Because of the unique and special duties of an executor or trustee, I usually advise my clients to consider naming a professional to act as executor or trustee rather than a child or other family member. This reduces the likelihood of drama and chaos if familial relationships breakdown after the client's death. Although hiring a professional costs money, I believe it is a wise investment. After all, it's better for the family to be united against the professional executor or trustee than to be at odds with one another.

Getting expert help

If you are currently planning your estate and are interested in naming a professional fiduciary to act as trustee or executor, consider your bank. For a fee, most banks are more than happy to provide such services to their customers. There are also a number of companies which specialize in acting as executor or trustee…. and in your state you also have the option of naming a licensed “private professional fiduciary” – an individual who is licensed by the California Dept. of Consumer Affairs.

Compelling the executor or trustee to comply

As a beneficiary of a will or trust, if you find yourself in the position of dealing with a trustee or executor who refuses to communicate or is otherwise mishandling the estate, you are not at his or her mercy. You do have options. Whether your situation involves a misbehaving trustee or a misbehaving executor, you should consider filing a petition with the probate court to compel the executor or trustee to comply with the terms of the will or trust. If the court determines that the terms of the will or trust are not being carried out, it will enter an order requiring the trustee or executor to perform certain acts as set forth in the will or trust document within a specified time period. Failure of the trustee or executor to comply with the court's order could result in his being held in contempt and may even necessitate his removal as trustee or executor.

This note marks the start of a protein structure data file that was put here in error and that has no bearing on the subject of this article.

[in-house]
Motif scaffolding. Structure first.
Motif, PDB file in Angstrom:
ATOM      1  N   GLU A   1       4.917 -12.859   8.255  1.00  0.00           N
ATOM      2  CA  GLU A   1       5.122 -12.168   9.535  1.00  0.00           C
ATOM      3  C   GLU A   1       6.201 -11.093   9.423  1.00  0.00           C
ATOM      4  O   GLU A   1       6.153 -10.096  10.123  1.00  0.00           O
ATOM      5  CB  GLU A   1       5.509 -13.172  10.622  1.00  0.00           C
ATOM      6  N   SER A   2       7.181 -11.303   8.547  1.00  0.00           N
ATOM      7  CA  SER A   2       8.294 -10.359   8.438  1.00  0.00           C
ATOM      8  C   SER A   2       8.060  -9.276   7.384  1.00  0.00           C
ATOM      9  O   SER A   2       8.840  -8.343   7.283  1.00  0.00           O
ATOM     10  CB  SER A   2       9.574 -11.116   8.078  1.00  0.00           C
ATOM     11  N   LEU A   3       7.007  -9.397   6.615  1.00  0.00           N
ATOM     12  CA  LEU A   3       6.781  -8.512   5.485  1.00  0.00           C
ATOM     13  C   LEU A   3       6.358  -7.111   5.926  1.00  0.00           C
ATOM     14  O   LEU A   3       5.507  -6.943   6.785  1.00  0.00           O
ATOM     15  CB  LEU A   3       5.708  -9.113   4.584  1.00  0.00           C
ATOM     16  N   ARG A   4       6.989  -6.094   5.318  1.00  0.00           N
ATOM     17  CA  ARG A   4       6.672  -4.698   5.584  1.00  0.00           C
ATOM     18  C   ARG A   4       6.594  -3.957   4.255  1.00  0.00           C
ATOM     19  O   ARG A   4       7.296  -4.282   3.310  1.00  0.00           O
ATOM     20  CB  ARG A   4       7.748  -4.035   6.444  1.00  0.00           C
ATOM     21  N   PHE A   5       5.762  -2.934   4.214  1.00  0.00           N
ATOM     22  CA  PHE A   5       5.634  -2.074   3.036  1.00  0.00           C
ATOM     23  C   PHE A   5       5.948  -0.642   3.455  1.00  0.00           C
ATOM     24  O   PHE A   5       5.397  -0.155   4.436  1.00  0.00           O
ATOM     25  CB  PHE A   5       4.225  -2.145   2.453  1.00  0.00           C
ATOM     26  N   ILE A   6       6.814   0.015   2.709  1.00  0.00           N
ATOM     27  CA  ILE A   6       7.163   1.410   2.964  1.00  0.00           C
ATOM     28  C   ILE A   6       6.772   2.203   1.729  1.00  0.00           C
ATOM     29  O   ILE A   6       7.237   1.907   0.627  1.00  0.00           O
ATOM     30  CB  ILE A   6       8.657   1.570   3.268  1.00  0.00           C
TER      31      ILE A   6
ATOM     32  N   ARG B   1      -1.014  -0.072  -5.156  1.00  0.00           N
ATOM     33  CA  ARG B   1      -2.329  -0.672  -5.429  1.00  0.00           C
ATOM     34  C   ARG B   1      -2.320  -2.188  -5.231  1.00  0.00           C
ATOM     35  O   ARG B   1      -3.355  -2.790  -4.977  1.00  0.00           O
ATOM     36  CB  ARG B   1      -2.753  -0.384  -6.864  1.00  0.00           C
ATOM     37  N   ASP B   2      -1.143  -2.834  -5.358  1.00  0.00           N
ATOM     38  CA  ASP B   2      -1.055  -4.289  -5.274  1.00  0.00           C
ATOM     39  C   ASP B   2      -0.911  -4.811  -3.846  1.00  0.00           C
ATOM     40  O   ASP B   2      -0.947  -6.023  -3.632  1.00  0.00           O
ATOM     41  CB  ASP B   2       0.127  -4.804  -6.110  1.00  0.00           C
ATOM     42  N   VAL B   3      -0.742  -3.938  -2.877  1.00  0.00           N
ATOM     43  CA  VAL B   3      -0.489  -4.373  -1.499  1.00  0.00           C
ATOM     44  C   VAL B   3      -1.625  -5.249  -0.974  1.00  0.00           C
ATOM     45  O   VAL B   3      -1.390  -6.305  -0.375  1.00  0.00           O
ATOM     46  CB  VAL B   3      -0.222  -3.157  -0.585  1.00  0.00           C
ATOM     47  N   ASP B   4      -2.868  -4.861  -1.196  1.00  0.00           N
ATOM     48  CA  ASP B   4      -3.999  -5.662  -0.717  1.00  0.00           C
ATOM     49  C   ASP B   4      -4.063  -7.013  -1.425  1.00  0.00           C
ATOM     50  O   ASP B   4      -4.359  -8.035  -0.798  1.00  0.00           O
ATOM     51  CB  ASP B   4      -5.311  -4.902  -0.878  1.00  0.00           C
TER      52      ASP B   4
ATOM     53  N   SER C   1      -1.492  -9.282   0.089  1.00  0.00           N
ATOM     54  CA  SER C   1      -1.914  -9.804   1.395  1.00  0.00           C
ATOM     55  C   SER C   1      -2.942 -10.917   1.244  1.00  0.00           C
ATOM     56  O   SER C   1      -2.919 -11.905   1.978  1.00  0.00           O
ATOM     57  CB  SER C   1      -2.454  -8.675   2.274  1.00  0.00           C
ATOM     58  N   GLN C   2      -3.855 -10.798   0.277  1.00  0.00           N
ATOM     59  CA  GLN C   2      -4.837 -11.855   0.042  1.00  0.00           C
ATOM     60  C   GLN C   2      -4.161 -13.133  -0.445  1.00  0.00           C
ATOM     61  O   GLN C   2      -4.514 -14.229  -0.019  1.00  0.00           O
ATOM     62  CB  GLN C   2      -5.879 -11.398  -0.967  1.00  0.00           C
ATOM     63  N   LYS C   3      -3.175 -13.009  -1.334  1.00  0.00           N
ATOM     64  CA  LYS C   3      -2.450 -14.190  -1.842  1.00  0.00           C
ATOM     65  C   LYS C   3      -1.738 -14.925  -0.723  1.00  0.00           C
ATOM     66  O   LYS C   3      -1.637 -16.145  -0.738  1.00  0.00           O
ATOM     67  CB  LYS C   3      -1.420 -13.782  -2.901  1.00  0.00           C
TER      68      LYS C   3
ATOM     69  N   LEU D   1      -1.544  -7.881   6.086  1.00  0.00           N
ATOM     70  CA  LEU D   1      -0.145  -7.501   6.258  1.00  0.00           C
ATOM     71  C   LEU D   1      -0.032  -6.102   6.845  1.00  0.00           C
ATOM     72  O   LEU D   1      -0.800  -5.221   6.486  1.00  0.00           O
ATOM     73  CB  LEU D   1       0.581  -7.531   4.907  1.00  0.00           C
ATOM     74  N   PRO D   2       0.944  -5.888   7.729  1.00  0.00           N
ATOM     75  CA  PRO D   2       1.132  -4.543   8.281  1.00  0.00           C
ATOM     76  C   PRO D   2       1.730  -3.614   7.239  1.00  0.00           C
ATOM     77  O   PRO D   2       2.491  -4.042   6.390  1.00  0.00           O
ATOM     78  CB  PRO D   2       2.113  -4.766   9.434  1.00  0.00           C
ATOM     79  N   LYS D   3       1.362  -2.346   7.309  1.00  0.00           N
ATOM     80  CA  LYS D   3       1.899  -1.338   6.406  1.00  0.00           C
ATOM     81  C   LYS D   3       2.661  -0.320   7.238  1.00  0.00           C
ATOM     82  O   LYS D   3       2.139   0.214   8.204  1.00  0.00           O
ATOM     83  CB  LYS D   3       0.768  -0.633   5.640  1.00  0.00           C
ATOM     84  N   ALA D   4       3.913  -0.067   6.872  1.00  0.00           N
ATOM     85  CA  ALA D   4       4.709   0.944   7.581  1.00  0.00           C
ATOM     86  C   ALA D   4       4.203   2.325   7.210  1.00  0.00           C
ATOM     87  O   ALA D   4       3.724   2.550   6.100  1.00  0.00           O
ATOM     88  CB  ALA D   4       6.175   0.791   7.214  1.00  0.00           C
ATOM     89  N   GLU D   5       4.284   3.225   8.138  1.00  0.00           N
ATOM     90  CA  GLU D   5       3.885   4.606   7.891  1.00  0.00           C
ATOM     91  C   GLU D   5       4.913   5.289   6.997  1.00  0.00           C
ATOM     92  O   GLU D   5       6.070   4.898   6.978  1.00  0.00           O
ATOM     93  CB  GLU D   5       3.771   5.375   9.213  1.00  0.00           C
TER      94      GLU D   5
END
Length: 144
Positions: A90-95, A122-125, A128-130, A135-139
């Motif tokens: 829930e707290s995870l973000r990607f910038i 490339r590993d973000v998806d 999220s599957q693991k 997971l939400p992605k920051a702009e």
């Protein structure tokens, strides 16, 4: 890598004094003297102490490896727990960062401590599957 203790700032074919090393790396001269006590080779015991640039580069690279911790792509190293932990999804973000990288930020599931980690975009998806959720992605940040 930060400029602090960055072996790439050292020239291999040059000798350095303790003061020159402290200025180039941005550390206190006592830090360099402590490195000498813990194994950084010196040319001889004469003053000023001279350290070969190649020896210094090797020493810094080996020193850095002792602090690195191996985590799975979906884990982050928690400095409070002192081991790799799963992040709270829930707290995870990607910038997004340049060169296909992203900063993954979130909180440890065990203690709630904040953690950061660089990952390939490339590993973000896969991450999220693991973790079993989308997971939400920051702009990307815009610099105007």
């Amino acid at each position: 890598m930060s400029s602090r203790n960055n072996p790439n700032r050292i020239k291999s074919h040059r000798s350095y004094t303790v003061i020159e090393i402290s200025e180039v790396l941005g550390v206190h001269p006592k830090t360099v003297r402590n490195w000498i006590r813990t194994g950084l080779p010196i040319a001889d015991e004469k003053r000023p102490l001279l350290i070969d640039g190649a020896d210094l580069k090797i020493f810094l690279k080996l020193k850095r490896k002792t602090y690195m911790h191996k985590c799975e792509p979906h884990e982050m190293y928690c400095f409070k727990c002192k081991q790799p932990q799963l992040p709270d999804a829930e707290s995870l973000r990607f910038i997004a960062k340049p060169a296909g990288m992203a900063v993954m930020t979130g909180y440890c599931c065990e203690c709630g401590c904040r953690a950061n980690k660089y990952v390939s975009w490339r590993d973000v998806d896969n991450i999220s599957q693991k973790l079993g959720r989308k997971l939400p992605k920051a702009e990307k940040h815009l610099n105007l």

If you suspect mismangement or worse

You may also want to file a petition for an accounting with the probate court. If the court finds in your favor, the trustee or executor must provide a detailed breakdown of all monies or other assets which have come into or gone out of the trust. Moreover, if you believe the trustee or executor has embezzled or mismanaged the money or other assets left by the decedent (the person who died and left the will or established the trust), you may also have a civil claim for “conversion”, which is similar to the criminal charge of theft.